Lydford Gorge is steep-sided river gorge nestled on the western edge of Dartmoor owned by the National Trust. James had heard about it from a friend at work so we decided that on our way to Cornwall we would make a detour. We drove through Dartmoor National Park and took in the stunning scenery and then found our way to the Waterfall entrance at Lydford Gorge. While here we became members of the National Trust again so that we can enjoy lots more days out over the next year.
Once we were all paid we were given a map that showed us the different trails that we could take around the gorge. We opted for the most challenging Lydford Gorge trail, adding on the Devil’s Cauldron trail as well as the other path to Tucker’s pool. So we basically covered everything while we were there. The paths were very tricky and narrow at times. Thankfully it wasn’t too wet underfoot or it would have been very slippy. The whole walk was about 5 and a half kilometres which took us around 2 and a half hours. We did stop at the Devil’s Cauldron entrance for lunch as we were all famished after the walk and we had been travelling since 4:30am… so it was a long day but thoroughly enjoyable.
What is there to see at Lydford Gorge?
Lydford Gorge is absolutely beautiful. There is so much to see as you walk along the gorge. My photos can show you far better than I can tell you so I’ll let those do the talking for now…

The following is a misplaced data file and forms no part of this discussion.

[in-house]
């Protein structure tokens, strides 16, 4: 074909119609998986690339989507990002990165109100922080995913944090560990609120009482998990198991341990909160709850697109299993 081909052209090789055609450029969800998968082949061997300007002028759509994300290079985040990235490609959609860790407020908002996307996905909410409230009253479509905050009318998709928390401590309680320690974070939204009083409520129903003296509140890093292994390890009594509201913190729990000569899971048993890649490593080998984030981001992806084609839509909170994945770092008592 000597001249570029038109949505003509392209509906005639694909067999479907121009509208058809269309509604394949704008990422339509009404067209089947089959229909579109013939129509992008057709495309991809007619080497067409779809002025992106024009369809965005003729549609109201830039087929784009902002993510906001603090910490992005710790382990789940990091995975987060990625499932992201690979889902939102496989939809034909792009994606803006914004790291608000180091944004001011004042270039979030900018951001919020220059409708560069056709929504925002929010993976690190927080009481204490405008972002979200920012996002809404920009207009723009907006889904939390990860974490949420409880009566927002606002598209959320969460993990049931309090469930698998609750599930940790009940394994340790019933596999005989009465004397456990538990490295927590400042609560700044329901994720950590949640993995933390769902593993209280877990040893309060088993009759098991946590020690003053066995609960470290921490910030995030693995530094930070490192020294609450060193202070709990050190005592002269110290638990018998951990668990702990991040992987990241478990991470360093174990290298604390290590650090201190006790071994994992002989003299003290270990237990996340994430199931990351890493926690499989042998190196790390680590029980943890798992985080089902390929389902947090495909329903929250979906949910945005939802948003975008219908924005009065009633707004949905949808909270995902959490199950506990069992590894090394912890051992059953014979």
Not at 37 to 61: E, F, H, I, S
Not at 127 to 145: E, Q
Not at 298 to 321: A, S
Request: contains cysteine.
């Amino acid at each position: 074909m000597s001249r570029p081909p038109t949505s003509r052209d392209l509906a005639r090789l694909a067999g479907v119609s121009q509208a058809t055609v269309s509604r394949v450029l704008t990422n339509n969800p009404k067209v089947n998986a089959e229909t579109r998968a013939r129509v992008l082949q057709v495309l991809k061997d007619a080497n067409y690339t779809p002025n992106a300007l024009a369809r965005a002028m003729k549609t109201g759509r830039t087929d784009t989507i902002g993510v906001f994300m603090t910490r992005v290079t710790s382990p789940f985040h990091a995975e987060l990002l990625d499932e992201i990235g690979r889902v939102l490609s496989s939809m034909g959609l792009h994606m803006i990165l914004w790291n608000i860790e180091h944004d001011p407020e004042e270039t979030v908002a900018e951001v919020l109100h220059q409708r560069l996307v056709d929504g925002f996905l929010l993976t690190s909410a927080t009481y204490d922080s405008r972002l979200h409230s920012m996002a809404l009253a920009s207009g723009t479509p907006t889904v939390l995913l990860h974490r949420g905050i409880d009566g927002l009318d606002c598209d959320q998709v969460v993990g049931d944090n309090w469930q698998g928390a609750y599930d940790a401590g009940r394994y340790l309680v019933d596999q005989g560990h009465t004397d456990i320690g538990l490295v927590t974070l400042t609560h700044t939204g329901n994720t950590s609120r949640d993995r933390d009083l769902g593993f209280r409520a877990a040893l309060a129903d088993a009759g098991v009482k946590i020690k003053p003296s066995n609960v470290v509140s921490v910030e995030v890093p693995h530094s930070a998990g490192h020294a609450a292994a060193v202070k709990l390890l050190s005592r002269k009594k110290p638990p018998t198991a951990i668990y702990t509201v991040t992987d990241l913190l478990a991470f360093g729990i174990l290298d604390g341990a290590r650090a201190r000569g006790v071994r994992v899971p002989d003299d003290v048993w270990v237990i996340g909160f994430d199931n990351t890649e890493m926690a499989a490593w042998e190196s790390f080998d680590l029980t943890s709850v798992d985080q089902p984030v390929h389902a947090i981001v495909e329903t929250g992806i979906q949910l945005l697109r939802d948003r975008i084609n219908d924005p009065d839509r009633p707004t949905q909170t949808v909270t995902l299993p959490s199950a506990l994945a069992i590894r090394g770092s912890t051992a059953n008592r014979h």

Luscious greens and the soothing sound of the rushing river are what you will first notice once you have got to the bottom of the hill.
The impressive 30 metres high (almost) Whitelady Waterfall is one of the highlights of the visit.
Everyone had to have their turn at a photo in front of the waterfall 😉
Posing for a photo on the rope bridge before our walk to Tucker’s Pool begins.
Uneven and slippery surfaces had to be contended with.
Such a peaceful and calm place.
Tunnel Falls is where there the river tumbles through a series of smaller cascades. There is a small tunnel to go through on the footpath above which was carved out by the Victorians. Which is why it has the name Tunnel Falls.
The climb up the wooden steps past Tunnel Falls.
I’m so close to the edge mum!
The Devil’s Cauldron. Just wow! This dramatic feature has been carved out by the river over thousands of years.
James about to go under the bridge to Tucker’s Pool.
Tucker’s Pool is a beautiful calm part of the river and where the trail ends. We stopped a while and took in the surroundings and managed to see some fish swimming around too.
Our walk at Lydford Gorge was extremely enjoyable but please bear in mind if you visit that some of the paths are very uneven, slippy and narrow. There are also lots of steps and steep points so it is totally unsuitable for pushchairs, wheelchairs, anyone who struggles to get around and very young children. If that doesn’t include you then make sure you visit!
There are two entrances at Lydford Gorge, the Waterfall entrance and the Devil’s Cauldron entrance. Both have toilets, parking, tea rooms and picnic areas but the Devil’s Cauldron entrance has a play area for kids and a shop too. If you are wanting to just see the waterfall and not have to walk too far then make sure you use the Waterfall entrance.
Standard prices if you aren’t a National trust member are as follows:
For more information please visit the National Trust website.
Looking for more National Trust reviews? Make sure you check out the following posts –